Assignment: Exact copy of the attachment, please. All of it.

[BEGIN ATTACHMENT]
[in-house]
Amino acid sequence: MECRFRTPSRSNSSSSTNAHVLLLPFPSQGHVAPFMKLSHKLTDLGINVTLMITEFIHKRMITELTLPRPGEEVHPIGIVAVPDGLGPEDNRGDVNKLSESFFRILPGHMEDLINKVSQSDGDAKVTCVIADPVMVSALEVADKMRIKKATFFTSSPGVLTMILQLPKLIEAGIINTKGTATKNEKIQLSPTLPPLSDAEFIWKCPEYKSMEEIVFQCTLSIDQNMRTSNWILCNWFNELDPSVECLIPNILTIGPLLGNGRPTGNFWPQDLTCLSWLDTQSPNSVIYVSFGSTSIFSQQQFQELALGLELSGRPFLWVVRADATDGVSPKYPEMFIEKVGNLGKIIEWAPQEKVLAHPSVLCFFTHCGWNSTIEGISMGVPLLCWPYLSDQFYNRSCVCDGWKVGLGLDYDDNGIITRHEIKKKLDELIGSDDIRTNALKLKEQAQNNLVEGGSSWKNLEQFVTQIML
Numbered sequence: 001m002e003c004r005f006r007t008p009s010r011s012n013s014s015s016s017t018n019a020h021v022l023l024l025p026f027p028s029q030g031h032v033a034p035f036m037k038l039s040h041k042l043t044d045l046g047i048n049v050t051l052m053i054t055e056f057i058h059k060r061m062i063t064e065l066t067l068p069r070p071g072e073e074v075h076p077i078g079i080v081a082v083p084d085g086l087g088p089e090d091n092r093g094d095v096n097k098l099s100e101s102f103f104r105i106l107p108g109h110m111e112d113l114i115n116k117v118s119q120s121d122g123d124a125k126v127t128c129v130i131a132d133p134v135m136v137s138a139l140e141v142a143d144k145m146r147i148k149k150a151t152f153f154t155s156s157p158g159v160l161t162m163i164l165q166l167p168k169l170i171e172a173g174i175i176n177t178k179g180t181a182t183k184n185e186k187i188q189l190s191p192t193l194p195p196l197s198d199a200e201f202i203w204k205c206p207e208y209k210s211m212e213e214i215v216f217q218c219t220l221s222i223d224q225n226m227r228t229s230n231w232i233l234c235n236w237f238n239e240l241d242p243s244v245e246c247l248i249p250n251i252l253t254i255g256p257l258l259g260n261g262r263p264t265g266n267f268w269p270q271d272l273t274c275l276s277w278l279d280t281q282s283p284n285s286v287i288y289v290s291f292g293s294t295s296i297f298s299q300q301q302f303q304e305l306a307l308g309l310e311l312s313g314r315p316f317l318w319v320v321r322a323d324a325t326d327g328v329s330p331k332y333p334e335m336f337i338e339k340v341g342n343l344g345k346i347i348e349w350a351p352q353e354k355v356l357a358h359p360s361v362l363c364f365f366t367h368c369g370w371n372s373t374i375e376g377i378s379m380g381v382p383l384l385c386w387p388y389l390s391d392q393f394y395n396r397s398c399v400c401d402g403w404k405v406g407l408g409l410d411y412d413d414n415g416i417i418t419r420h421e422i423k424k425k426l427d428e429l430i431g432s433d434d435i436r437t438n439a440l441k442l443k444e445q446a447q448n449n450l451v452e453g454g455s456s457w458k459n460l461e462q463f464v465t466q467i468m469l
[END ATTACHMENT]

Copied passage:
[in-house]
Amino acid sequence: MECRFRTPSRSNSSSSTNAHVLLLPFPSQGHVAPFMKLSHKLTDLGINVTLMITEFIHKRMITELTLPRPGEEVHPIGIVAVPDGLGPEDNRGDVNKLSESFFRILPGHMEDLINKVSQSDGDAKVTCVIADPVMVSALEVADKMRIKKATFFTSSPGVLTMILQLPKLIEAGIINTKGTATKNEKIQLSPTLPPLSDAEFIWKCPEYKSMEEIVFQCTLSIDQNMRTSNWILCNWFNELDPSVECLIPNILTIGPLLGNGRPTGNFWPQDLTCLSWLDTQSPNSVIYVSFGSTSIFSQQQFQELALGLELSGRPFLWVVRADATDGVSPKYPEMFIEKVGNLGKIIEWAPQEKVLAHPSVLCFFTHCGWNSTIEGISMGVPLLCWPYLSDQFYNRSCVCDGWKVGLGLDYDDNGIITRHEIKKKLDELIGSDDIRTNALKLKEQAQNNLVEGGSSWKNLEQFVTQIML
Numbered sequence: 001m002e003c004r005f006r007t008p009s010r011s012n013s014s015s016s017t018n019a020h021v022l023l024l025p026f027p028s029q030g031h032v033a034p035f036m037k038l039s040h041k042l043t044d045l046g047i048n049v050t051l052m053i054t055e056f057i058h059k060r061m062i063t064e065l066t067l068p069r070p071g072e073e074v075h076p077i078g079i080v081a082v083p084d085g086l087g088p089e090d091n092r093g094d095v096n097k098l099s100e101s102f103f104r105i106l107p108g109h110m111e112d113l114i115n116k117v118s119q120s121d122g123d124a125k126v127t128c129v130i131a132d133p134v135m136v137s138a139l140e141v142a143d144k145m146r147i148k149k150a151t152f153f154t155s156s157p158g159v160l161t162m163i164l165q166l167p168k169l170i171e172a173g174i175i176n177t178k179g180t181a182t183k184n185e186k187i188q189l190s191p192t193l194p195p196l197s198d199a200e201f202i203w204k205c206p207e208y209k210s211m212e213e214i215v216f217q218c219t220l221s222i223d224q225n226m227r228t229s230n231w232i233l234c235n236w237f238n239e240l241d242p243s244v245e246c247l248i249p250n251i252l253t254i255g256p257l258l259g260n261g262r263p264t265g266n267f268w269p270q271d272l273t274c275l276s277w278l279d280t281q282s283p284n285s286v287i288y289v290s291f292g293s294t295s296i297f298s299q300q301q302f303q304e305l306a307l308g309l310e311l312s313g314r315p316f317l318w319v320v321r322a323d324a325t326d327g328v329s330p331k332y333p334e335m336f337i338e339k340v341g342n343l344g345k346i347i348e349w350a351p352q353e354k355v356l357a358h359p360s361v362l363c364f365f366t367h368c369g370w371n372s373t374i375e376g377i378s379m380g381v382p383l384l385c386w387p388y389l390s391d392q393f394y395n396r397s398c399v400c401d402g403w404k405v406g407l408g409l410d411y412d413d414n415g416i417i418t419r420h421e422i423k424k425k426l427d428e429l430i431g432s433d434d435i436r437t438n439a440l441k442l443k444e445q446a447q448n449n450l451v452e453g454g455s456s457w458k459n460l461e462q463f464v465t466q467i468m469l